Sufjan Stevens : The Age of Adz

<img src="https://www.qromag.com/wp-content/uploads/2010/11/sufjanstevenstheageofadz.jpg" alt=" " />Can indie-beauty join with the tech-stop beast of electronics?  If anybody can do it, it's Sufjan Stevens. ...
7.6 Asthmatic Kitty
2010 

Sufjan Stevens : The Age of Adz Can indie-beauty join with the tech-stop beast of electronics?  Detroit-by-way-of-Brooklyn musician Sufjan Stevens has always been idiosyncratic, from his ‘states project’ of making albums about all fifty members of the Union (though got no farther than Illinois & Michigan) to his professed Christianity (always a rarity in the indiesphere – and it inspired his Songs For Christmas); this is the man who created a music & film journey of the Brooklyn-Queens Expressway for the Brooklyn Academy of Music.  So when Stevens finally put out his first regular full-length since 2005’s Illinois, he would probably be the person best suited to combine the two far differing strains of harmony & tech-stop.  The Age of Adz succeeds with respect to its challenge, but did Stevens need to challenge himself that much?

While Sufjan Stevens is certainly best known for the beautiful harmonies of Illinois and other works, he did start in electronica with 2000 debut A Sun Came, before embarking on the states project.  Still, there was really no way that The Age of Adz couldn’t come as a shock – after the sixties choral enchantment of opener "Futile Devices" (which would have fit within previous Stevens work), Stevens marries those harmonies that he’s done so well to a tech-stop that’s too low-tech for electronica, but not hard-hitting enough for industrial, on "Too Much".  Certainly interesting and attention-grabbing, but does it work as music?  On songs like "Too Much" and the following title track & somber "I Walked", yes it does; on the subsequent "Now That I’m Older", "Get Real Get Right", and "All for Myself", no, it doesn’t, as the pieces feel disjointed and indulgent.

It all can be summed up, if it can be summed up, in the 25 minute-plus closer (not counting bonus "Too Much (Short Version)"), "Impossible Soul".  With harmonies like in "Futile" or the best harmony/stop marriage "Vesuvius", "Impossible" works well for the first ten minutes, before Stevens randomly introduces some ultra-autotune, like Kanye West messing around in the studio (it might not be fair to say Kanye ‘owns’ the autotune – Cher started it – but at the level Stevens uses it, it’s "Impossible" not to think of Mr. West).  At the fourteenth minute, there’s some group sing with Shara Worden of My Brightest Diamond (QRO album review), then some tech-code voice around the nineteenth minute, and "Soul" even contains its own sweet loss coda.  Impressive?  Without a doubt.  Containing great moments?  Certainly.  "Too Much"?  Yes, that as well.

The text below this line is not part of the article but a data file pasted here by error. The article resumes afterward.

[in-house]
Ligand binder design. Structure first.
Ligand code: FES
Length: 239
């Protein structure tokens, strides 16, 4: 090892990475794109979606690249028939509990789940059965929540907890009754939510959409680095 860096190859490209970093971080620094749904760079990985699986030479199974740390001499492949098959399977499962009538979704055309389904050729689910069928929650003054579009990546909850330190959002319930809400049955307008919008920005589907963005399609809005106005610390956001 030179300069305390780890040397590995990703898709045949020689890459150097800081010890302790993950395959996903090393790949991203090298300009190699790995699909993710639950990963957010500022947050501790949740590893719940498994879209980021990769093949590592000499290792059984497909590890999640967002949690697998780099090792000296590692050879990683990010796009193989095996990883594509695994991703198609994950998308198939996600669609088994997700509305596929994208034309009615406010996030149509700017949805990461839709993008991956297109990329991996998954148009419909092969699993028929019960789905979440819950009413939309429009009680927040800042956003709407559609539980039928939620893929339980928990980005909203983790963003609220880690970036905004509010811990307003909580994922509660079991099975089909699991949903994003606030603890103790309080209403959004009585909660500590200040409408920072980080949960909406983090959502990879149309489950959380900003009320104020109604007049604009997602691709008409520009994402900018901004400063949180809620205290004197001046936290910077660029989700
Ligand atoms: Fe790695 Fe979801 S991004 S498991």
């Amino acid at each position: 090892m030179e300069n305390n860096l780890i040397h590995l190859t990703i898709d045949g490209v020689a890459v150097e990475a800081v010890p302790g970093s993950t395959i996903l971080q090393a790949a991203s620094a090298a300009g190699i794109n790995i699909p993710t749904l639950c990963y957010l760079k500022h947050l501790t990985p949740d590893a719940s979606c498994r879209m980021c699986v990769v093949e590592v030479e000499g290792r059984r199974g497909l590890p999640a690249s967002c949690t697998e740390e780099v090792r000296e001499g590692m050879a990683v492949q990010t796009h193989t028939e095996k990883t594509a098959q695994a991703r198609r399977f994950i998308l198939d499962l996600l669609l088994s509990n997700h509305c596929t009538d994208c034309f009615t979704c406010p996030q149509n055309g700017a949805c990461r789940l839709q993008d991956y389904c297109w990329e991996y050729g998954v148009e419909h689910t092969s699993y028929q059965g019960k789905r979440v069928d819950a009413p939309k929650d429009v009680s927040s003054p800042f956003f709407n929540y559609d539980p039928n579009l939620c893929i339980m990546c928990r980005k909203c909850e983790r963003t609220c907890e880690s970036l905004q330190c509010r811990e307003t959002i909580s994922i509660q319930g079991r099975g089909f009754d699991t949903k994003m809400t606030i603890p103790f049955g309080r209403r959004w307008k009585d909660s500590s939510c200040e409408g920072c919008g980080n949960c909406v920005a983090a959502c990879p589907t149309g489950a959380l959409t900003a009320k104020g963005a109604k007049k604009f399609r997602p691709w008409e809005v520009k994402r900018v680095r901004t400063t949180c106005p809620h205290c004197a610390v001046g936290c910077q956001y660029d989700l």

Despite his predilection for beauty, Sufjan Stevens has not been an artist for the fair-weather fan (akin to fellow acclaimed Brooklynites Grizzly Bear – QRO live review).  The Age of Adz is his most daring piece of work, with the new & uncharted element not in the subject matter like Illinois, Christmas, or BQE, but in the sound itself.  Mistakes were made along the way, and you can be forgiven for wishing Stevens had played it just a little bit safer, but he comes out of it an even more accomplished artist.

MP3 Stream: "Vesuvius"

{audio}/mp3/files/Sufjan Stevens – Vesuvius.mp3{/audio}

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